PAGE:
• Booklist "Compelling, dreadful, and amazing."
  • The Horn Book "This exciting, life-affirming book about war heroics and justice . . . proves without question the impact one student can have on history."
Title Information+
  • Publisher
    Random House Children's Books
  • OverDrive Read
    Release date:
Digital Rights Information+
  • Copyright Protection (DRM) required by the Publisher may be applied to this title to limit or prohibit printing or copying. File sharing or redistribution is prohibited. Your rights to access this material expire at the end of the lending period. Please see Important Notice about Copyrighted Materials for terms applicable to this content.

Status bar:

You've reached your checkout limit.

Visit your Checkouts page to manage your titles.

Close

You already have this title checked out.

Want to go to your Checkouts?

Close

Recommendation Limit Reached.

You've reached the maximum number of titles you can recommend at this time. You can recommend up to 99 titles every 1 day(s).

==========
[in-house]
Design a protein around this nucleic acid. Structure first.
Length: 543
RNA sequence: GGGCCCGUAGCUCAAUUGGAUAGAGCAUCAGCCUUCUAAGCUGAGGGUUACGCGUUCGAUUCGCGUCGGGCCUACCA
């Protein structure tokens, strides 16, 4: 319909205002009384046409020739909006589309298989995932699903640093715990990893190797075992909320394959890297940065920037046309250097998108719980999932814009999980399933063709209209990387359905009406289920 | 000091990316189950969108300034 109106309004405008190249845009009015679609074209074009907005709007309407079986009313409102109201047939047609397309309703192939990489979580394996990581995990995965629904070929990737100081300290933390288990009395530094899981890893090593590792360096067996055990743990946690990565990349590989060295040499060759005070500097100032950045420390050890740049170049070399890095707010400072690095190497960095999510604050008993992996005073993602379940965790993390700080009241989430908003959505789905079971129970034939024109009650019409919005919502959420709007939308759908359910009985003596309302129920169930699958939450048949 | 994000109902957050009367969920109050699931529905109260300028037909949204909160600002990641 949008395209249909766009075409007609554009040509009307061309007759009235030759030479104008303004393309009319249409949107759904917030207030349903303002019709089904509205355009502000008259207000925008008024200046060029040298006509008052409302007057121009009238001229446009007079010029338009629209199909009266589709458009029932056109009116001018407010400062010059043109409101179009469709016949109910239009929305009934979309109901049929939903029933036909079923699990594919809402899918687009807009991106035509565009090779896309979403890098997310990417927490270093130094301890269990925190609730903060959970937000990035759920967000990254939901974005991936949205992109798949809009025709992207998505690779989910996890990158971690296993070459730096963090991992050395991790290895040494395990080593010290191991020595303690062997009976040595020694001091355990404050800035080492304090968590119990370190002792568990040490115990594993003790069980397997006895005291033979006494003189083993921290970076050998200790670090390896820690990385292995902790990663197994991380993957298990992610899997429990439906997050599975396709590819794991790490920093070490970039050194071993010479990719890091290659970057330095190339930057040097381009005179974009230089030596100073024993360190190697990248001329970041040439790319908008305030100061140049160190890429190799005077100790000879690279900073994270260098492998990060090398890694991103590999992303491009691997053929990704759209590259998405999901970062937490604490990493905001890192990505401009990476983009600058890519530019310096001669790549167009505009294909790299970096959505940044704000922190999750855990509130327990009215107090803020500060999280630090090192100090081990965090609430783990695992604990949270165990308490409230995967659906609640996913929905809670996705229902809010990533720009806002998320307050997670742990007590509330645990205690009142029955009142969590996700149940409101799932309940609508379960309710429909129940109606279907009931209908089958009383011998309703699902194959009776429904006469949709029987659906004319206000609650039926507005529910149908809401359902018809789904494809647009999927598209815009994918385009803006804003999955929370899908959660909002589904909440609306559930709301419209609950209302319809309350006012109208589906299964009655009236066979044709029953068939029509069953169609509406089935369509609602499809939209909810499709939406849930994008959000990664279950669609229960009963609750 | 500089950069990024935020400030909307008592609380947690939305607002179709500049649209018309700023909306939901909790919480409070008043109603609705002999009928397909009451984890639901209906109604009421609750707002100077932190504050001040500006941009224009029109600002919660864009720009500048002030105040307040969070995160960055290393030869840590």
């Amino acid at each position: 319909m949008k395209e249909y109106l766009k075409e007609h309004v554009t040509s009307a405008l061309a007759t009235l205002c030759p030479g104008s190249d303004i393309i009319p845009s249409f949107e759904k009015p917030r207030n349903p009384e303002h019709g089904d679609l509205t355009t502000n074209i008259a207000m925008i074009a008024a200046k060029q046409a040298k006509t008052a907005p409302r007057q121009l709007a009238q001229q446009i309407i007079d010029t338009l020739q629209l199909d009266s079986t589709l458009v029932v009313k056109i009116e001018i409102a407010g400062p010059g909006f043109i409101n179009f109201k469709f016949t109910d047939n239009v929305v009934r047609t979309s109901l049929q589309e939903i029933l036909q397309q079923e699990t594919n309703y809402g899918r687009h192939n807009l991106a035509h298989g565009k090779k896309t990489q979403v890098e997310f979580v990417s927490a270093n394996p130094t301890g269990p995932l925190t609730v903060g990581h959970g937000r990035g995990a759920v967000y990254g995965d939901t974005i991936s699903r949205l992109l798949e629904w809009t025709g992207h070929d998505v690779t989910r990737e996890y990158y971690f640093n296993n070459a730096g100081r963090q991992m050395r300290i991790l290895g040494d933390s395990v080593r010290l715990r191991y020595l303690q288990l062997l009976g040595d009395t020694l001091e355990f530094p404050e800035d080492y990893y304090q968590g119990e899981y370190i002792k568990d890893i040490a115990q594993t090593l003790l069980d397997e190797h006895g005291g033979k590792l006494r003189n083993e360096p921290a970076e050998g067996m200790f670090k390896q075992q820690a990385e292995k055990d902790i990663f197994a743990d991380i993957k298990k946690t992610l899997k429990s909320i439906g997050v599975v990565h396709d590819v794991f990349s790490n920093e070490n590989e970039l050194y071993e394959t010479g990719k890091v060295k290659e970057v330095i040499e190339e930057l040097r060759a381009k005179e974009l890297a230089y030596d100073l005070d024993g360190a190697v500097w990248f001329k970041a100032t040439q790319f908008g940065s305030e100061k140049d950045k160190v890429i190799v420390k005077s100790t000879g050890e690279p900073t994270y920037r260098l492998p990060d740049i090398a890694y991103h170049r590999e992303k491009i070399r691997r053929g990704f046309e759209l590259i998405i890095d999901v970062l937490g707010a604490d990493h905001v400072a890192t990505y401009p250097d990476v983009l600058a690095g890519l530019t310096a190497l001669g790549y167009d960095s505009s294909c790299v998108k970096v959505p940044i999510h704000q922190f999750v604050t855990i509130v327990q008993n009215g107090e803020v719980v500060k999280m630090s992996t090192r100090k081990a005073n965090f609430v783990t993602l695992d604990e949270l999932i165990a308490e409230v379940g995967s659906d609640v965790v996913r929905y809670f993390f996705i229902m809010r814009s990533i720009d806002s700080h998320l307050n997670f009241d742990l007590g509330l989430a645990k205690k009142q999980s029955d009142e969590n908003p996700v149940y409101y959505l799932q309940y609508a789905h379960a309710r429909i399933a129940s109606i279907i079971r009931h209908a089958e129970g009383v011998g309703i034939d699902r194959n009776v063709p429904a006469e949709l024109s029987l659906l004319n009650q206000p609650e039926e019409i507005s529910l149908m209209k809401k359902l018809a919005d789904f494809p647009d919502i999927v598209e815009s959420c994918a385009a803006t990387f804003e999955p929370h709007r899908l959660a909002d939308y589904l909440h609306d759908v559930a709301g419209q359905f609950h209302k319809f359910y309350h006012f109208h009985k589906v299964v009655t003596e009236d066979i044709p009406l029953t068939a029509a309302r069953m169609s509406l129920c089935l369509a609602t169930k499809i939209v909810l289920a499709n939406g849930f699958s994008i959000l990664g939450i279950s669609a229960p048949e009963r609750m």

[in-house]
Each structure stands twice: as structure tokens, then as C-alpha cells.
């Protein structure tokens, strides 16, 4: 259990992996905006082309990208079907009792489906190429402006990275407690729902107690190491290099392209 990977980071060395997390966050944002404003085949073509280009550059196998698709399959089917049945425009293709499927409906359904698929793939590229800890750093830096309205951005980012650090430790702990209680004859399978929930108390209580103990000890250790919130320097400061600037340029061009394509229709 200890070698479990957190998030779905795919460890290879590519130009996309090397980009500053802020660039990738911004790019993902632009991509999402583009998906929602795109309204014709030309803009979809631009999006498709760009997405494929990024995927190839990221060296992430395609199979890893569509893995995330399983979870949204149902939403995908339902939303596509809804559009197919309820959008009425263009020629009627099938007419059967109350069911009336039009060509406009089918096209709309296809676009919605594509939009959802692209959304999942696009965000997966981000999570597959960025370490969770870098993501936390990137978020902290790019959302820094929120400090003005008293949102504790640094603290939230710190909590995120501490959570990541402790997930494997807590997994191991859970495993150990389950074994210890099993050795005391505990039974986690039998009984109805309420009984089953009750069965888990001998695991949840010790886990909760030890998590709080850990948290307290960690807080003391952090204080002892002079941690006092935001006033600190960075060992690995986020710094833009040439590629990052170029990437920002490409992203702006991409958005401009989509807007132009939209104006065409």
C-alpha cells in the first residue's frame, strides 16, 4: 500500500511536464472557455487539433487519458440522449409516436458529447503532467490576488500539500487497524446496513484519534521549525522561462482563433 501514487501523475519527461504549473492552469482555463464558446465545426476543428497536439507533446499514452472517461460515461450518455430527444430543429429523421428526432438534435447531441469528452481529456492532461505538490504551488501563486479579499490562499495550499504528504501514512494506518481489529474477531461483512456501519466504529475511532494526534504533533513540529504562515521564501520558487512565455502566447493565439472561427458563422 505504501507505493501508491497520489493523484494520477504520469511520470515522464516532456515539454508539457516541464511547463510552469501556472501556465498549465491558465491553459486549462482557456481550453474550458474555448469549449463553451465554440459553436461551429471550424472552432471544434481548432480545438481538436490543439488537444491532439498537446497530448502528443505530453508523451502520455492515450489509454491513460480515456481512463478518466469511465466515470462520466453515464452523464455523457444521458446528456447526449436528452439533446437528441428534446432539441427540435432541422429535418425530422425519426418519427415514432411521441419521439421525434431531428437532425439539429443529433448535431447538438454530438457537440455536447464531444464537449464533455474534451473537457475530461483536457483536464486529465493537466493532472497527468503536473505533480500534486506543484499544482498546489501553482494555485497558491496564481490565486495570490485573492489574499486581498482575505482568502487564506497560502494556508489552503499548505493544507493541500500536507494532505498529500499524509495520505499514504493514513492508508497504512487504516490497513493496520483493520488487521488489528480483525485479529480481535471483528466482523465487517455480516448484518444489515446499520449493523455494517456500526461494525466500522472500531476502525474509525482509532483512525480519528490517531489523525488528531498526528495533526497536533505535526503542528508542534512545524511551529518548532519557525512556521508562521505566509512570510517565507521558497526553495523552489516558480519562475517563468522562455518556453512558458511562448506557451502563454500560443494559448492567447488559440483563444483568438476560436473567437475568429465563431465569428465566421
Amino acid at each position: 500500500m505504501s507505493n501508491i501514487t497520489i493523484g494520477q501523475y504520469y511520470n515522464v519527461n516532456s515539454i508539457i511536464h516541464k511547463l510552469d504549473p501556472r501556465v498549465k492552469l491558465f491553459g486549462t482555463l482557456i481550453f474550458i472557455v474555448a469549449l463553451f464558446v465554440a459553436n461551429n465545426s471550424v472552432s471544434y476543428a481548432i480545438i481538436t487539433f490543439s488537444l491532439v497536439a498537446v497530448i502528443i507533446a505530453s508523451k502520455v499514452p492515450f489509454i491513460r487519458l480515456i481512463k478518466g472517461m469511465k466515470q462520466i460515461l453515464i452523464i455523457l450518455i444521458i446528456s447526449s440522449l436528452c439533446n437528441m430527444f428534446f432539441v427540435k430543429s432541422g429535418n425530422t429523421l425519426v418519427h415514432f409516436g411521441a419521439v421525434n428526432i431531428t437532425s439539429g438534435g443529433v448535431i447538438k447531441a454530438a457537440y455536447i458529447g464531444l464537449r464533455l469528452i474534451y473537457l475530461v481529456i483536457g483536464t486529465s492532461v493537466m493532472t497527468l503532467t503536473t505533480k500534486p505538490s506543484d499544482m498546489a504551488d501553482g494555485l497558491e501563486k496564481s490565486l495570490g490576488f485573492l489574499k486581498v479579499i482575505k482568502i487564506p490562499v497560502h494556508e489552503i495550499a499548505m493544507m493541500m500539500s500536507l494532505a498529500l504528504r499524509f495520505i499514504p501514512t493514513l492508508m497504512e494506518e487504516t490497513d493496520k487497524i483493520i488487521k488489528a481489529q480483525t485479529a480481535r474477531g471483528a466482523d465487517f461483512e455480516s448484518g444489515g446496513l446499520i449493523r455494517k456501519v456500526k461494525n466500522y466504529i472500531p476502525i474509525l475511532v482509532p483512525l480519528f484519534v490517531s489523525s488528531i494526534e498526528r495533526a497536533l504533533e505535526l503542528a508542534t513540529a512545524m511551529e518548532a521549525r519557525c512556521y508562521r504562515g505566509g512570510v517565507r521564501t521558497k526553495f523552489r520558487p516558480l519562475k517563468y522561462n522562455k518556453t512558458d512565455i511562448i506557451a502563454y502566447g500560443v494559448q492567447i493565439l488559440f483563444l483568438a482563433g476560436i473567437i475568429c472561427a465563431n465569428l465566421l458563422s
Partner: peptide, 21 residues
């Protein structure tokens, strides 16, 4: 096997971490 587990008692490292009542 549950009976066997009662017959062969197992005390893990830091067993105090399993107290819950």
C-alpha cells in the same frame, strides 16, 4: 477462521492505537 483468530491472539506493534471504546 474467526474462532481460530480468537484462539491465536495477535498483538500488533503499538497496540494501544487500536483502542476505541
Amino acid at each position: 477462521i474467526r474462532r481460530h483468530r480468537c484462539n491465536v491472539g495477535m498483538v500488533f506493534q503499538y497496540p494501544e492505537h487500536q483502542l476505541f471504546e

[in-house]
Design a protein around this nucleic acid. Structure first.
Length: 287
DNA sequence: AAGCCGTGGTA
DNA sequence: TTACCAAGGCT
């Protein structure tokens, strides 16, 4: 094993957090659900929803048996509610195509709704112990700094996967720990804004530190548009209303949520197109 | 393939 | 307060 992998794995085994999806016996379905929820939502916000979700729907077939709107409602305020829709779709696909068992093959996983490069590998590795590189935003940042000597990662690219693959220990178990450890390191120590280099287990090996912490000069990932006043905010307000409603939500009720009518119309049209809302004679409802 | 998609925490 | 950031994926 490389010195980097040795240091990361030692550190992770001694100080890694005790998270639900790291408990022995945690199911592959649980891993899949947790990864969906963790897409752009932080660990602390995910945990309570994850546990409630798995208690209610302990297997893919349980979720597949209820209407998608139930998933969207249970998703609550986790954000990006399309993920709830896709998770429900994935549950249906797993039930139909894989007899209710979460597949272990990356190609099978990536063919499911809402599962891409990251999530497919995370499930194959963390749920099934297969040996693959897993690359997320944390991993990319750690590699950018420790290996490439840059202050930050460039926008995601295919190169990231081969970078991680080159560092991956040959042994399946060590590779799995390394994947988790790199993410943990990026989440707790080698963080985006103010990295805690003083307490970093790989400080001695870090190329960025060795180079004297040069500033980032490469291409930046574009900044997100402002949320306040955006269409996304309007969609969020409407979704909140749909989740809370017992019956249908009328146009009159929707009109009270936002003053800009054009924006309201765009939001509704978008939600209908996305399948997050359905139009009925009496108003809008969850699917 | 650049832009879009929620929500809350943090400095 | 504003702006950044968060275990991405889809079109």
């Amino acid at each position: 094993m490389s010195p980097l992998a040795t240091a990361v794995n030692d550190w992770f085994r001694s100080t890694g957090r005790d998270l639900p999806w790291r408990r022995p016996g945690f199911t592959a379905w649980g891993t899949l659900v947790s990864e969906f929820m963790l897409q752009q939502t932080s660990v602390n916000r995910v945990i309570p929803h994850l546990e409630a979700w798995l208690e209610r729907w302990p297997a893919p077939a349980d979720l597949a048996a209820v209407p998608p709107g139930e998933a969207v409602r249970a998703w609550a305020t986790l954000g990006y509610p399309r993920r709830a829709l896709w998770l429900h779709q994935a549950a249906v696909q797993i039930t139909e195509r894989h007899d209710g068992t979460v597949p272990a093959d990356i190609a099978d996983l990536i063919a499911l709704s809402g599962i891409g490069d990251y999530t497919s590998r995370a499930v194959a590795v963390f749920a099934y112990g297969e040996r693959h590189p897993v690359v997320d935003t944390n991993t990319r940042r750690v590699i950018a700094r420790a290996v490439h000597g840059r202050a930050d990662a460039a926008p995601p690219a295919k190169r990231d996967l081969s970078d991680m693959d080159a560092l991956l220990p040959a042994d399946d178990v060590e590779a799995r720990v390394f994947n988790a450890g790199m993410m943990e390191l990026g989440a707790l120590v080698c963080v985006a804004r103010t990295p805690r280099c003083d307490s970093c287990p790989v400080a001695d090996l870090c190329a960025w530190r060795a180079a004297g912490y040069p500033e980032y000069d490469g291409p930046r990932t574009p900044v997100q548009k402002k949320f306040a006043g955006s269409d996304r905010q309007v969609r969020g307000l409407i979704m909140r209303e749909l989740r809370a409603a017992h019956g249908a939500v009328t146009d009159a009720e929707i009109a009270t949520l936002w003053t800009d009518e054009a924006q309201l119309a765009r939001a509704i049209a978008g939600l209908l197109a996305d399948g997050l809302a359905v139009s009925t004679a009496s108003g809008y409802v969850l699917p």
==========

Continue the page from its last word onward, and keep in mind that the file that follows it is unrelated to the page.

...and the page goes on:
Close

Sign in to recommend this title.

Recommend your library consider adding this title to the Digital Collection.

Close

Enhanced Details

Close
Close

Limited availability

Availability can change throughout the month based on the library's budget.

is available for days.

Once playback starts, you have hours to view the title.

Close

Permissions

Close

The OverDrive Read format of this eBook has professional narration that plays while you read in your browser. Learn more here.

Close

Holds

Total holds:


Close

Restricted

Some format options have been disabled. You may see additional download options outside of this network.

Close

MP3 audiobooks are only supported on macOS 10.6 (Snow Leopard) through 10.14 (Mojave). Learn more about MP3 audiobook support on Macs.

Close

Please update to the latest version of the OverDrive app to stream videos.

Close

You've reached your library's checkout limit for digital titles.

To make room for more checkouts, you may be able to return titles from your Checkouts page.

Close

Excessive Checkout Limit Reached.

There have been too many titles checked out and returned by your account within a short period of time.

Try again in several days. If you are still not able to check out titles after 7 days, please contact Support.

Close